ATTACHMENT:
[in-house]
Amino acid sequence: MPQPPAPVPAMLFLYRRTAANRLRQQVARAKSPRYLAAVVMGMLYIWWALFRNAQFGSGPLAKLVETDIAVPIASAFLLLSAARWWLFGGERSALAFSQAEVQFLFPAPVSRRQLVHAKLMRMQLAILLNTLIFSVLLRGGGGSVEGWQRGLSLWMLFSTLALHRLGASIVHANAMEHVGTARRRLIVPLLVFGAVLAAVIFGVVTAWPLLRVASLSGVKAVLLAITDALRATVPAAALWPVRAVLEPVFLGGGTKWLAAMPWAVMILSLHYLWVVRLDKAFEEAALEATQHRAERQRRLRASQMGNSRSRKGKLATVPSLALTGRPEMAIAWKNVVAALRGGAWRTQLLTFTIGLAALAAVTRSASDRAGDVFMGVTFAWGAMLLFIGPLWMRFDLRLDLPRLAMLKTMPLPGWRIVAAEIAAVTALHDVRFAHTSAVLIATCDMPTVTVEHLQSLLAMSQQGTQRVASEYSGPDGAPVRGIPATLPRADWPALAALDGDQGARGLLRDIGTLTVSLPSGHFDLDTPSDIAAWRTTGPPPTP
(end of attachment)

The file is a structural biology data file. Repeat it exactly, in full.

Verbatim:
[in-house]
Amino acid sequence: MPQPPAPVPAMLFLYRRTAANRLRQQVARAKSPRYLAAVVMGMLYIWWALFRNAQFGSGPLAKLVETDIAVPIASAFLLLSAARWWLFGGERSALAFSQAEVQFLFPAPVSRRQLVHAKLMRMQLAILLNTLIFSVLLRGGGGSVEGWQRGLSLWMLFSTLALHRLGASIVHANAMEHVGTARRRLIVPLLVFGAVLAAVIFGVVTAWPLLRVASLSGVKAVLLAITDALRATVPAAALWPVRAVLEPVFLGGGTKWLAAMPWAVMILSLHYLWVVRLDKAFEEAALEATQHRAERQRRLRASQMGNSRSRKGKLATVPSLALTGRPEMAIAWKNVVAALRGGAWRTQLLTFTIGLAALAAVTRSASDRAGDVFMGVTFAWGAMLLFIGPLWMRFDLRLDLPRLAMLKTMPLPGWRIVAAEIAAVTALHDVRFAHTSAVLIATCDMPTVTVEHLQSLLAMSQQGTQRVASEYSGPDGAPVRGIPATLPRADWPALAALDGDQGARGLLRDIGTLTVSLPSGHFDLDTPSDIAAWRTTGPPPTP